Consequently, both I and the rest of the F40 members were pleased when the Government decided they would look to introduce a fairer funding formula for our schools and furthermore there will be extra money available for schools, and early indications are that for the F40 members that could amount to £183 million, however there are still some concerns over how this is going to work.

I have recently met with a range of head teachers from across the constituency to listen to their concerns on potential implications of the new formula. It is very important to know that at the moment no decisions have been made, as there is a Government consultation which is open until March 22nd.

There are some figures available for High Peak schools in which it shows a funding increase for 32 of our 50 schools, 2 remain the same and 16 see a fall, but I must stress that these figures are only illustrative.  I know that the schools are keen to engage with parents on this matter but I can assure everyone concerned that I am looking carefully at this issue and, in answer to some of peoples’ concerns, I took the opportunity to raise the matter with the Prime Minister in Prime Ministers Question Time last Wednesday. I will also be meeting with the Secretary of State for Education later this month (March) to have further discussions with her.

Whilst I am pleased that the old and unfair formula is being replaced at long last, I want to make sure that under any new formula our schools in the High Peak receive their fair share of funding.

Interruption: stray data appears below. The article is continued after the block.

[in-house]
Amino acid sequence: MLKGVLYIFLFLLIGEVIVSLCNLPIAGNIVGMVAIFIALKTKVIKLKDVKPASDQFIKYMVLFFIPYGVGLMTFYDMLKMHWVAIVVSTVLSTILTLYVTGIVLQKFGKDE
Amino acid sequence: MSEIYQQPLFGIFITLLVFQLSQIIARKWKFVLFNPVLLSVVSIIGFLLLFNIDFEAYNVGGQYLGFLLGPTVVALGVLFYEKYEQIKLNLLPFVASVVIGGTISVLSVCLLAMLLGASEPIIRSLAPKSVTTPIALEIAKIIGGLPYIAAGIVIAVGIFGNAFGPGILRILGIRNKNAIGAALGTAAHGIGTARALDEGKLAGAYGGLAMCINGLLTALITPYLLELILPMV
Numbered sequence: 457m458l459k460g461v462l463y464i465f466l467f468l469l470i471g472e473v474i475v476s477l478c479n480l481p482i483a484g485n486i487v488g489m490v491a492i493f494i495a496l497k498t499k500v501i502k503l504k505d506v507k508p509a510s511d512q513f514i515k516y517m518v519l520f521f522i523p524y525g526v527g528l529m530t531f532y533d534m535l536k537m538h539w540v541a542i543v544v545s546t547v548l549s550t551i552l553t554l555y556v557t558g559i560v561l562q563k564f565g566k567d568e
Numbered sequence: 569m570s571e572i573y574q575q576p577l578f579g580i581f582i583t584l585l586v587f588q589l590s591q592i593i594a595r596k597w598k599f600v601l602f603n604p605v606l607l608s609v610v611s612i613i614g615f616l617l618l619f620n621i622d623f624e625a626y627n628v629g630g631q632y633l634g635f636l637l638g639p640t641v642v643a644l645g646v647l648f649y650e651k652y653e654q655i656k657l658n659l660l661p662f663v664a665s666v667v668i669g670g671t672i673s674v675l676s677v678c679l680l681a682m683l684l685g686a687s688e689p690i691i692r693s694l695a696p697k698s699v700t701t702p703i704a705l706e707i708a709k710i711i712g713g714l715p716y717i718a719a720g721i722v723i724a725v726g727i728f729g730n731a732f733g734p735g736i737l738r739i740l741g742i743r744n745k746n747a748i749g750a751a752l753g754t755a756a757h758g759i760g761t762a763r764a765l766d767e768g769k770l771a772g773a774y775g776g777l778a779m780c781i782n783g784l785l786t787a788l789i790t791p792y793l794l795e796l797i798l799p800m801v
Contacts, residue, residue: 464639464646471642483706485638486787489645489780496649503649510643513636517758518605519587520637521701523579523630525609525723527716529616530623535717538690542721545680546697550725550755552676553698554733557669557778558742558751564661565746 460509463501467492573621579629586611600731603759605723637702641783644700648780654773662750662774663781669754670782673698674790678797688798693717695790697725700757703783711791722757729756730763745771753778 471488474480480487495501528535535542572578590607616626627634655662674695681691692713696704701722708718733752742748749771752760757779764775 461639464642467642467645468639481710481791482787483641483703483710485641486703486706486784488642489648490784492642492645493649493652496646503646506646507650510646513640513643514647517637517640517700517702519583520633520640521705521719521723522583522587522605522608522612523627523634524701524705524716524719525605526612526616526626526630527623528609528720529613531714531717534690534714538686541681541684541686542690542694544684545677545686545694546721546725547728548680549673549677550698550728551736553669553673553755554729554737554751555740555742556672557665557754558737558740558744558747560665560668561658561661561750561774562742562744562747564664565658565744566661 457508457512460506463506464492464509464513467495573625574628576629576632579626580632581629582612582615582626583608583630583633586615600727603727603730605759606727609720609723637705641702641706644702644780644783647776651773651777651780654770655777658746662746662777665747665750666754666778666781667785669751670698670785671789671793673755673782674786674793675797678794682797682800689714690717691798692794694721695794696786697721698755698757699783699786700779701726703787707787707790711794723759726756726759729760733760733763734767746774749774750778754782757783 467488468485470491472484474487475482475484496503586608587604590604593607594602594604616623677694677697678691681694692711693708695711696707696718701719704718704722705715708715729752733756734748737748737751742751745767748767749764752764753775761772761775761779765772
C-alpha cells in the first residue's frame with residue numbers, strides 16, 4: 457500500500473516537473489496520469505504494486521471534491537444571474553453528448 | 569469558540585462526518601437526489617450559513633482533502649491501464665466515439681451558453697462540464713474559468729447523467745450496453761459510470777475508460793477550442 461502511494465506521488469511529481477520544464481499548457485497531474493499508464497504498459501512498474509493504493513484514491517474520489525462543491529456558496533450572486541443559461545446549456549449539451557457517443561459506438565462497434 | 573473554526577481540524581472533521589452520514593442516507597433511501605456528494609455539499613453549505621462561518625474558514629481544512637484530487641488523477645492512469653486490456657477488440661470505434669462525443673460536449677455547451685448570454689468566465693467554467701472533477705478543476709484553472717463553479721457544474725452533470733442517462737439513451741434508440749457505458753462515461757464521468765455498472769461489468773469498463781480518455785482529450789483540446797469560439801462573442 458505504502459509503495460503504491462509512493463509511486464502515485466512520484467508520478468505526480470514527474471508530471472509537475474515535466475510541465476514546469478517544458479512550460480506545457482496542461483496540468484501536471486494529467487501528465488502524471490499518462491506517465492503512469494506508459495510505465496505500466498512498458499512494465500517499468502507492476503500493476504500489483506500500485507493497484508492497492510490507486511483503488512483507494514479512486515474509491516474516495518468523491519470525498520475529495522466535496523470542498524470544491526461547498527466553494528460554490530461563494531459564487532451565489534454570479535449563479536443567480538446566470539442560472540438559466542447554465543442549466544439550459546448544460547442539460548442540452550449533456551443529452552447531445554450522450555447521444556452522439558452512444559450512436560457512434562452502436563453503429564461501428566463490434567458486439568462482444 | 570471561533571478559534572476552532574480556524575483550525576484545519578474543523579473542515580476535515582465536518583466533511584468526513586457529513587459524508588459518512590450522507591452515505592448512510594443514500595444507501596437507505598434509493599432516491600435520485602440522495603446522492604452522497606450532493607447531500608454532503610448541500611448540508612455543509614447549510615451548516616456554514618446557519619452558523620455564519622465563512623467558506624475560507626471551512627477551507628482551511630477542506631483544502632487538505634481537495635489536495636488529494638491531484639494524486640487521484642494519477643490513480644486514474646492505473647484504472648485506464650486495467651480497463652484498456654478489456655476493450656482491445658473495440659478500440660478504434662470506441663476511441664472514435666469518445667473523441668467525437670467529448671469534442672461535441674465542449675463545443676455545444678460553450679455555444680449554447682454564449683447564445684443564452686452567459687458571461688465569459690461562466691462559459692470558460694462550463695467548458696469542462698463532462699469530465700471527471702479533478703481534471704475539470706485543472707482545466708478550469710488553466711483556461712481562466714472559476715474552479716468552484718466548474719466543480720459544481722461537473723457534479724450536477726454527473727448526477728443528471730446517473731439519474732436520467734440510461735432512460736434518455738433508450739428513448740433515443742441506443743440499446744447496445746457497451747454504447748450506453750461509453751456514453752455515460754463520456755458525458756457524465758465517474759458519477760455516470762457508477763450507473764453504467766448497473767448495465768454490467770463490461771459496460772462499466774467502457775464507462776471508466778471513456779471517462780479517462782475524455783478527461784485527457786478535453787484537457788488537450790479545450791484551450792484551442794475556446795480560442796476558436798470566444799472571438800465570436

The main focus in Westminster was again on Brexit as the European Union (Notification of Withdrawal) Bill went through its Committee Stage where various amendments were tabled. None of the amendments were approved, and the Bill has now passed to the House of Lords where it will undergo a similar process as the Government aim to have it passed into legislation to enact Article 50 by the end of March, as previously promised by Theresa May.

At the end of last week there was a debate on a matter proposed by the Culture Media and Sport Select Committee, which is the Committee I sit on. We proposed a vote of no confidence in the Football Association which, whilst it sounds very dramatic, is not binding. However it does indicate the view of the House of Commons. We tabled this proposal following a letter received from various previous Chief Executives, including Greg Dyke, in which they expressed their frustration in the FA’s unwillingness to change. This was despite recommendations from previous Select Committee Reports in which the Governance of the FA was called into question.

The present Chief Executive, Greg Clarke has expressed his determination to bring the FA into the modern age - going so far as to say that if he fails to do this then he would resign his position. Whilst the FA does do a lot of good work - indeed here in the High Peak we have seen significant investment through the Football Foundation - there is a pressing need for them to modernise. Many local football fans contacted me about the debate, asking that I attend and raise their concerns, however being a signatory to the motion I was already fully committed to it.

In a world where there are so many issues that are concerning people, I can appreciate that this many be seen as somewhat irrelevant, but the level of interest and participation in football makes it the most popular sport in the country, and the amount of money in the game today is such that it plays a significant part in the economy as a whole and it should be governed in a modern way with a modern outlook.  It needs to represent the fans of the game at all levels, not just the Premiership elite. I made this point to the FA two years ago when Glossop North End reached the FA Vase final at Wembley, only to find that the FA had changed the way they distributed the prize money and gate receipts since their previous final in 2009, slanting it more in favour of the FA than the local clubs who had reached the final.